Port Revitalization Targets Brazil’s First Favela
On Friday June 10th, the UPP (Pacifying Policy Unit) Social [program] hosted a public meeting on Praça Américo Brum in the historic neighborhood of Morro da Providência. Home to over 5,500 residents in 1,720 households, Morro da Providência is recognized as the first favela in Brazil–approximately 110 years old–and is also located within the site of the country’s first public-private partnership (PPP) for urban revitalization — the project called Porto Maravilha (“Marvellous Port”). In November 2010, The Porto Novo Consortium was formed when Odebrecht Infraestrutura, OAS, and Carioca Engenharia, together with the Rio de Janeiro City Government, signed a R$7.6 billion (US$4.77b) contract to revitalize the neighborhoods between Saúde and Gamboa.
According to the UPP Social website, the Port Region (Região Portuária) will receive a total of R$141 billion in investment to revitalize 5 million m2 through the construction of tunnels, sidewalks, bicycle paths, plazas, as well as water, drainage, and sewage systems and treatment plants. This transformation will “improve the quality of life” of residents and is expected to take 15 years, creating significant economic and social impacts for the region including an aquarium, several art museums, and job opportunities.
However, along with positive infrastructural changes and the promise to retain cultural heritage, residents of Morro da Providência are being faced with the reality that the Secretaria Municipal de Habitação (SMH-Municipal Secretary of Housing) will forcibly evict over 100 families from their homes. Earlier this year, several houses on the hill were spray-painted with the letters SMH followed by a number labeling them for easy reference with regard to their imminent removal. Stated reasons for these evictions were either (1) that houses were in areas of “risk,” or (2) that they were in the way of the 665-meter-long teleférico (cable car) that will be built to facilitate access to the top of the hill. Residents complained that no one asked permission to spray-paint their houses, no one explained why their homes were painted, and once residents became aware of the city’s intentions, no one told them how long they would be allowed to remain in their homes.
On Friday morning, approximately 200 attendees sat on rented plastic chairs inside an all-purpose Praça (public square), enclosed by chain-link fence. Most people inside the fence were representatives from outside the community, while many of the moradores (residents) sat, as spectators, on concrete benches on the other side of the fence. During the course of the meeting, which started an hour late, several municipal officials spoke eloquently on behalf of the revitalization projects including Jorge Bittar, Rio’s housing secretary; Ricardo Henriques, President of the Instituto Municipal de Urbanismo Pereira Passos and Coordinator of the UPP Social program; and Augusto Ribeiro, Municipal Secretary of Labor and Employment. Also in attendance was Paul Vidal, the Municipal Secretary of Culture; Alberto Silva of the Urban Development Company of the port region; Joaquin Miller, the secretary of the Municipal Department of Conservation; as well as several UPP Captains, researchers, and NGOs.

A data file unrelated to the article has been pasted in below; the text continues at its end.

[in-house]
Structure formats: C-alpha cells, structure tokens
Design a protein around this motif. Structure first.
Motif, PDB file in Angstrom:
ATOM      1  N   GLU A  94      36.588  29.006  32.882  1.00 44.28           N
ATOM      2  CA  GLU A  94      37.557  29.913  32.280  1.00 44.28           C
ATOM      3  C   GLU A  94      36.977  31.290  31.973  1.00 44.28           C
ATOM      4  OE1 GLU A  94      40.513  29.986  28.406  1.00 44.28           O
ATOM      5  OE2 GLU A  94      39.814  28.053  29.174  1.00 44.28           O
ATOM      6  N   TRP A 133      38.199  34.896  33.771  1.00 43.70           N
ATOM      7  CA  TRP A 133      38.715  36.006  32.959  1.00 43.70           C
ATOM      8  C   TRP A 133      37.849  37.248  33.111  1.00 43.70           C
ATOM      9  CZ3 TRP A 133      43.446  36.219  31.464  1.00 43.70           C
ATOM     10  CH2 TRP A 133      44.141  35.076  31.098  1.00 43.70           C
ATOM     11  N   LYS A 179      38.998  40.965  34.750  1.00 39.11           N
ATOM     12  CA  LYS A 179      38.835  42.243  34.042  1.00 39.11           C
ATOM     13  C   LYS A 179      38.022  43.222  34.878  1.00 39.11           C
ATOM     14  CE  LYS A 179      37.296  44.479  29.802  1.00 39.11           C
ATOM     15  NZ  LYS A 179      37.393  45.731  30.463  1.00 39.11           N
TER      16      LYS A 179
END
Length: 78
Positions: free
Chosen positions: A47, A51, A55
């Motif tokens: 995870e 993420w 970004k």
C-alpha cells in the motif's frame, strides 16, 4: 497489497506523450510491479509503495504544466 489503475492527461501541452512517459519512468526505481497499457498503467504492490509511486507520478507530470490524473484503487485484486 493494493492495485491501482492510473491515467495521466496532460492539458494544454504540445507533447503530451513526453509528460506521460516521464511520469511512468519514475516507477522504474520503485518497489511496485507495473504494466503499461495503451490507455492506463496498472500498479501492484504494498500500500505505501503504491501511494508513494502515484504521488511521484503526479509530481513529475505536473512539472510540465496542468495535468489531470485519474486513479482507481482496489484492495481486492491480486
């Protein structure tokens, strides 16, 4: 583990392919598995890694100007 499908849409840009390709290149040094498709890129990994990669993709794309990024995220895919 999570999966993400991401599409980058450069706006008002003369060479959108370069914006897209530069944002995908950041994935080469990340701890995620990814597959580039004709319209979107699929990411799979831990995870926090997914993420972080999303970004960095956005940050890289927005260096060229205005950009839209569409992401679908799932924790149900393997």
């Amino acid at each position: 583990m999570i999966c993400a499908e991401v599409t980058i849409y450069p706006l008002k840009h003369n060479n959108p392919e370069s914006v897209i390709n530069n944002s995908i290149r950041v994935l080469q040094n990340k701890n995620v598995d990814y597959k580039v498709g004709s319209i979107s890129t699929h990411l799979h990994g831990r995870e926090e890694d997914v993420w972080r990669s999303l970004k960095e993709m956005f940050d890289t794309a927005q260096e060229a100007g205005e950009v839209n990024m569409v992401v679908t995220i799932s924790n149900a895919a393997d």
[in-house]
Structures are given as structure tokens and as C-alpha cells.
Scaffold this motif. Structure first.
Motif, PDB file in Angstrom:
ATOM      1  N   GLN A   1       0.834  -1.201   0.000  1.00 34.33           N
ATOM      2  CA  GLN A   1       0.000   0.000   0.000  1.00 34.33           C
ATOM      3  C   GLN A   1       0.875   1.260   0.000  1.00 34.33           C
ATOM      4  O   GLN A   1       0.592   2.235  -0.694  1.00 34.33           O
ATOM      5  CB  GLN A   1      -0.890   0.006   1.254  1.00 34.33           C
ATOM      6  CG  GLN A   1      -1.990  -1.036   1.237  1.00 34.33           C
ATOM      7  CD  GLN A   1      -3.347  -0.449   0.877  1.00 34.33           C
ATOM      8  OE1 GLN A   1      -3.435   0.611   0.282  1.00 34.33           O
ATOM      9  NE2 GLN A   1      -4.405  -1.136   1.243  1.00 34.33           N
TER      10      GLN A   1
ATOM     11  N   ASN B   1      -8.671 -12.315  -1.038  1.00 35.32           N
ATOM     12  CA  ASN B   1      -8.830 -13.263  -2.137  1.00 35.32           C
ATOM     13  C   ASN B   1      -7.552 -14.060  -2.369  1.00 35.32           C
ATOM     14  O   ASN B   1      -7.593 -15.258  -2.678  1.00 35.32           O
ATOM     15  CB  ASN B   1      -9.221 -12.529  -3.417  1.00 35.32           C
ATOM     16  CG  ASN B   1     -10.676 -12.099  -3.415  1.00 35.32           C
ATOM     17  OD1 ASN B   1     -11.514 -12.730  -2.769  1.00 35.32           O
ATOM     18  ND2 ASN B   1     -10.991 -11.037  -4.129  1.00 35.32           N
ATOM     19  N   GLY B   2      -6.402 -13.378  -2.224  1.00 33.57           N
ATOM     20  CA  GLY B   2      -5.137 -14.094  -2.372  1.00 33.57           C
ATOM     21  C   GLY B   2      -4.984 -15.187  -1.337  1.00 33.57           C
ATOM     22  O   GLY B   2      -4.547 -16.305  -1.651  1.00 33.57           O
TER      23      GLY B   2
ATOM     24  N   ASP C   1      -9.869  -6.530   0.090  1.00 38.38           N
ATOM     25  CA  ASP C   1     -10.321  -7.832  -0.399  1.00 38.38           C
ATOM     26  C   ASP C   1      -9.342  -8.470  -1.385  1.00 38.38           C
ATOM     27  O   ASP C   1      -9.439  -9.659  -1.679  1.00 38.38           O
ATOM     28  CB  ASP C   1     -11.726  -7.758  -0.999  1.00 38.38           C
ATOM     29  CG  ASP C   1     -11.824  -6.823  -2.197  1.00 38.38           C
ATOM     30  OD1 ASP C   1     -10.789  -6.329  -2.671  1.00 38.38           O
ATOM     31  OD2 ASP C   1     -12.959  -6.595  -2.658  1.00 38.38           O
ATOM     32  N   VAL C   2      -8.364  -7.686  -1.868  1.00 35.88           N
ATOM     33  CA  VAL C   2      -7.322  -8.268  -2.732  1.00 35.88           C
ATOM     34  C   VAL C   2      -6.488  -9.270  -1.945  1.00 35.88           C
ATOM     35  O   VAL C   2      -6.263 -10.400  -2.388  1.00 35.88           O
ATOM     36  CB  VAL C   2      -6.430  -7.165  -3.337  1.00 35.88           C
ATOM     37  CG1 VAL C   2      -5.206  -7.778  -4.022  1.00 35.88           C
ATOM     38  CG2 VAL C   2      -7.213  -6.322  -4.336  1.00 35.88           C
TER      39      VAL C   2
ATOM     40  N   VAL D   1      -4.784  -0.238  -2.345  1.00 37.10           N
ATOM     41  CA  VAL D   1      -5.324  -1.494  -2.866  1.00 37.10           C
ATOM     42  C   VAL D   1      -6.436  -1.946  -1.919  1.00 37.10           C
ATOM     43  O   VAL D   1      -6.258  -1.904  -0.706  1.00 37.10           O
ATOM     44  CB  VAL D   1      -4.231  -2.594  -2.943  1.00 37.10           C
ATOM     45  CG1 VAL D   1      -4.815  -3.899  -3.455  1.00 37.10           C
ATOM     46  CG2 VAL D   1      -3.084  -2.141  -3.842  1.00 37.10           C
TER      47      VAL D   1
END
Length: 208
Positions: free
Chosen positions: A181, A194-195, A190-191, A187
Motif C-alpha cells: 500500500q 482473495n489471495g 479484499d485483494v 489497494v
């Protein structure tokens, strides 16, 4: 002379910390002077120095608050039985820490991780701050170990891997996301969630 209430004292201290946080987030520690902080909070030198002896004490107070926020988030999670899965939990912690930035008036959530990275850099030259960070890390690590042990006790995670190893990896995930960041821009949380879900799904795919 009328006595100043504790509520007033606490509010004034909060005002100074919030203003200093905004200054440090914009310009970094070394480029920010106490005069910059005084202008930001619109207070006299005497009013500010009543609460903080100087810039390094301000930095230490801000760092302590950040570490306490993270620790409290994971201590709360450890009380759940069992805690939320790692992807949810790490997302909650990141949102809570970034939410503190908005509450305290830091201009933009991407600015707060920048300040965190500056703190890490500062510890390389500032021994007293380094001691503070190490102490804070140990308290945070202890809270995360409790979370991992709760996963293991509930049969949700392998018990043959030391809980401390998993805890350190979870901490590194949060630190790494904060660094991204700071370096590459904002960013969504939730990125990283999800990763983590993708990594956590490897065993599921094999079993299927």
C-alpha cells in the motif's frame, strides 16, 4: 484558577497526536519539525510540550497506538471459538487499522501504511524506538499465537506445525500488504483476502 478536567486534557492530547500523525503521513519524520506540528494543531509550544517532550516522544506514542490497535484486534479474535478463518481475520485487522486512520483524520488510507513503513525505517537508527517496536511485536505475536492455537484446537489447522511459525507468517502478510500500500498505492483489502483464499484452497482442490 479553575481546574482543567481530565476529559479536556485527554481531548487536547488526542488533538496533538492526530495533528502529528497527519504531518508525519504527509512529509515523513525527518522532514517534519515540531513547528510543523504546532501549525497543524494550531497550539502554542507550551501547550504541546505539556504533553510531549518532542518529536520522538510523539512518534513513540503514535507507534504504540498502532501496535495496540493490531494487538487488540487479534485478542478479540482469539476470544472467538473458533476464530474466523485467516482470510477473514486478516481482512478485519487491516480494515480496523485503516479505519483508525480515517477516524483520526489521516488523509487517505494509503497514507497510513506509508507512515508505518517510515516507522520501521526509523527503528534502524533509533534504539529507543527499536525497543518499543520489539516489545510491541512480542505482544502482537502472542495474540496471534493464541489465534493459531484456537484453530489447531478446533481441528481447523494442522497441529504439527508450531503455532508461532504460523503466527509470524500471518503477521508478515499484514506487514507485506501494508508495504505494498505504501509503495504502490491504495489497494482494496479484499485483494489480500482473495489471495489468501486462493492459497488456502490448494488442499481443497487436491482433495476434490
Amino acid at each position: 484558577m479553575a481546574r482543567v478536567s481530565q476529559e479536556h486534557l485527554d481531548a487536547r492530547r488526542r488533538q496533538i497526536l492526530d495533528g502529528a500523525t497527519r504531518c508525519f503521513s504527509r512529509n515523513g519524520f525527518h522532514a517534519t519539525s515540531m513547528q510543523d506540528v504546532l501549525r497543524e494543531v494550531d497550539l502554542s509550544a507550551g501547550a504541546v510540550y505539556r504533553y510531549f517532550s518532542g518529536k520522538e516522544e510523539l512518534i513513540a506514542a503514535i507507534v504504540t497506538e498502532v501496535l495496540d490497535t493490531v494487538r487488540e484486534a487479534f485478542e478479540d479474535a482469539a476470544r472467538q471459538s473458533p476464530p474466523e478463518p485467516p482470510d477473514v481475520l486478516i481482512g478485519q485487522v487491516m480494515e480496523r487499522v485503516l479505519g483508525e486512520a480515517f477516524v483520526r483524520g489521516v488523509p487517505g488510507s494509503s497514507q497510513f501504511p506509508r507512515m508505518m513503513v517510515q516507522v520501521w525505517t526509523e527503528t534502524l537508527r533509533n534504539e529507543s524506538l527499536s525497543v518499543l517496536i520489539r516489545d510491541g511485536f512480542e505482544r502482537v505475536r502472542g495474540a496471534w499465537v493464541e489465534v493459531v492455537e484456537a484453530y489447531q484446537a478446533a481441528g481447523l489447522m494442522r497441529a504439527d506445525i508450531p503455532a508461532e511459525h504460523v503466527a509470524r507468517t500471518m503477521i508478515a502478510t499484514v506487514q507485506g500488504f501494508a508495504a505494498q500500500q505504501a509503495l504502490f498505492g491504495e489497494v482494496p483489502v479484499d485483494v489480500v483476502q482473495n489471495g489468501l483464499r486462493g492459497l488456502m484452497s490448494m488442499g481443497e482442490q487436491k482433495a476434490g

Just as the administrative officials went to work on this Friday morning, so too did many residents. In this respect, the lack of community residents during the meeting only underscored its absurdity. Officially, the meeting’s purpose was to open a “dialogue” between residents and city officials about the current Morar Carioca upgrading project’s plans which seek to “unite the divided city” and to bring “transparency to the pacified regions.” Although city officials emphasized the importance of “citizenship” during the project finalization, the only vocalized concessions on behalf of the government concerned the specific location of the teleférico. Meanwhile, when resident leaders including the widely respected Rosiete Marinho and Mauríco Hora expressed their concerns about social infrastructure and the lack of accessible information, officials were busy looking at their watches and laughing amongst themselves.
At one point, city officials even called the residents “liars” and warned them to stop spreading false rumors. The residents graciously responded by asking the officials to stop treating them like “invaders” and to provide them with timely and correct information and alternatives. One major complaint is that the alternative housing that is being built for displaced residents in nearby Pedra Lisa will only be ready two years after the demolition of their homes. It is interesting to note that most residents are not complaining about the project plans, but rather the way, and order, in which the government is handling the situation.
All in all, the purpose of the meeting was to publically demonstrate the City’s willingness to accommodate the needs and desires of residents during the revitalization process. However, just because the meeting was held in Morro da Providência does not mean that residents are being heard or that their needs are being met.
Below, see a recent video about the situation in Providência, by Witness.org:
This article was written by Jamie Worms, and published on June 23, 2011.
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